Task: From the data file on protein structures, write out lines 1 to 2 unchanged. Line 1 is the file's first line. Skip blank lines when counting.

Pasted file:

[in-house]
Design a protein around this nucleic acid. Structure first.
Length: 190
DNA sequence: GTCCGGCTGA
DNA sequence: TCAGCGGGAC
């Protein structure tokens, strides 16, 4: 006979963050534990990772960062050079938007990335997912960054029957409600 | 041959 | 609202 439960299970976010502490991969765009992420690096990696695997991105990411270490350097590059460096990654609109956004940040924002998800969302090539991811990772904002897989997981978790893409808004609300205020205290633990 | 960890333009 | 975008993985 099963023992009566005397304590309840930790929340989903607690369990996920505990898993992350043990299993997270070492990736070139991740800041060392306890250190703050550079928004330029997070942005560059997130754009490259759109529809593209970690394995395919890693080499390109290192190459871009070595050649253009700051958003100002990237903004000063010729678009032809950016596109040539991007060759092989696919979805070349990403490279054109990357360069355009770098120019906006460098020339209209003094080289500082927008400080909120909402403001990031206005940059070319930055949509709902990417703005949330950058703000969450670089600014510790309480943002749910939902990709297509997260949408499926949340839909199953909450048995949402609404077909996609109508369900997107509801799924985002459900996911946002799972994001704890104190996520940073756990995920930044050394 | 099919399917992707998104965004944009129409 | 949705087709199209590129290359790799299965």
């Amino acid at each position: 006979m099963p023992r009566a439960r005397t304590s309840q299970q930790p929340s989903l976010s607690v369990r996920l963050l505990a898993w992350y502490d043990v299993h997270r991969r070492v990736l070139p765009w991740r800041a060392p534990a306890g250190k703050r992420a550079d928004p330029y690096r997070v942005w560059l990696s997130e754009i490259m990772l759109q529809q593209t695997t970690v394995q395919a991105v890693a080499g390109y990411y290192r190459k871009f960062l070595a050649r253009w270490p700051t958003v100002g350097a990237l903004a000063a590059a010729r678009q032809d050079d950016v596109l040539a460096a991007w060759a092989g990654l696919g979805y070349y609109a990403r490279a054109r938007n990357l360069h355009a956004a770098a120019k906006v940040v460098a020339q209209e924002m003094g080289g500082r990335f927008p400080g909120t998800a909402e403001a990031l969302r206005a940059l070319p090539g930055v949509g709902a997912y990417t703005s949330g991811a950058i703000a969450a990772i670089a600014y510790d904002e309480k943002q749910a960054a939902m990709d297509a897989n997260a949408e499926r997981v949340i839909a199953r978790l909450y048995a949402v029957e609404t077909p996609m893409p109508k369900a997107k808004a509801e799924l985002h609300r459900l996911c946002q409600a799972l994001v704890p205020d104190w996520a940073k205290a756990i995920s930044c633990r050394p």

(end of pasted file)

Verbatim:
[in-house]
Design a protein around this nucleic acid. Structure first.